In my neverending spate of William S. Burroughs-related projects, I'm preparing an piece for a 50th-anniversary collection of essays on Naked Lunch to be released by Southern Illinois University Press. The anniversary, btw, will be in 2009.
I've taught the novel a number of times, and, always always forget that what I now gloss over in the text from my repeated readings...well...many readers still find shocking, patently offensive, disturbing, etc.
In fact, I've started to classify NL as one of those books, like Rushdie's The Satanic Verses, that many people own, but few actually read.
So, I wonder if any of you could share your thoughts on this--has NL been important to you? Have you read it? Do you own it?
My supposition is that the book's major legacy has been in non-print media: the adoption of Burroughsian editing/identity-mixing techniques in everything from YouTube to Second Life to MTV to the cult of popular celebrity. Conversely, I'm not sure that the text has been succesfuly co-opted, or "made safe" in the last five decades for the literary establishment. Thus, the literary legacy of the text may stand with the small presses such as Chiasmus or Spuyten Duyvil, willing to publish literature for concerns which exist to some extent outside the marketplace and the reversed economy of traditional academia (although, yes, I know, not completely).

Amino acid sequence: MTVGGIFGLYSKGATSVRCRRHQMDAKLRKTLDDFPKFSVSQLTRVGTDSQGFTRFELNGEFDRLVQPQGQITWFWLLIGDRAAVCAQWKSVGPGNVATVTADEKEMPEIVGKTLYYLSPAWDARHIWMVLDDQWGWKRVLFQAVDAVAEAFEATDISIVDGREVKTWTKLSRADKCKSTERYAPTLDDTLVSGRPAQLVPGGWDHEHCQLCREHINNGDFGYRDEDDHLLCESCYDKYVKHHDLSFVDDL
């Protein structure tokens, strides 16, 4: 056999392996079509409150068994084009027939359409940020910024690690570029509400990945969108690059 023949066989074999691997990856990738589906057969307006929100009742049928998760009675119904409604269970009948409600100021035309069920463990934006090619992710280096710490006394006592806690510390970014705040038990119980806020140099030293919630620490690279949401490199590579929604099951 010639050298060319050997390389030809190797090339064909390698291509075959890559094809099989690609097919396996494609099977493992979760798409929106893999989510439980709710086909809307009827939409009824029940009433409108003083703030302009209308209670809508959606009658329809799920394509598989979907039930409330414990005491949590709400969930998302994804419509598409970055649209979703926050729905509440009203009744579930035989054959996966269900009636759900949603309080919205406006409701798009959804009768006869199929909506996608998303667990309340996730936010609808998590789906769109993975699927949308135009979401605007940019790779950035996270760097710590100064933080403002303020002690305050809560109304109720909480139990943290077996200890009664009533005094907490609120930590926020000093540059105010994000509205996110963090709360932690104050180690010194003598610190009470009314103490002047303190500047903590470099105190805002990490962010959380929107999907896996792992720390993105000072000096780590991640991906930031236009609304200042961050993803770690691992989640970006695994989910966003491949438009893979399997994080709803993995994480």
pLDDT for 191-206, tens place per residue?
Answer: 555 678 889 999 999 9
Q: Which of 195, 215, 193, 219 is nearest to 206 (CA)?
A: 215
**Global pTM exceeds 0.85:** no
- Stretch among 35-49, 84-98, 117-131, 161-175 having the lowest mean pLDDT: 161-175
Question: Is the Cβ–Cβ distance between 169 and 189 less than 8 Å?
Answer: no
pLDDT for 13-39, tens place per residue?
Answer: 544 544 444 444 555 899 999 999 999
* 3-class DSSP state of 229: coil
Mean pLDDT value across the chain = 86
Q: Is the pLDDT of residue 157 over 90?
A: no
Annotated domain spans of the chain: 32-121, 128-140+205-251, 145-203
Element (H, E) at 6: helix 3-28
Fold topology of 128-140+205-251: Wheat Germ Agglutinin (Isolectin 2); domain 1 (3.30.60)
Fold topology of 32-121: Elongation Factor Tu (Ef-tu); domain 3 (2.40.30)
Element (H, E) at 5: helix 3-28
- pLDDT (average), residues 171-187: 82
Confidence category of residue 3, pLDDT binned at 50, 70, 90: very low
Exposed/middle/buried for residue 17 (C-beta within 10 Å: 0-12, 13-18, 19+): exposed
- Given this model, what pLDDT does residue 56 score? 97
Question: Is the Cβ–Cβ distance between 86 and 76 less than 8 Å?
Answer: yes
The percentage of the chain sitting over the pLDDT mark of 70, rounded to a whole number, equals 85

Perspectives welcomed--and I'll integrate responses into the article. Reply here or directly to me at dschneiderman AT lakeforest DOT edu.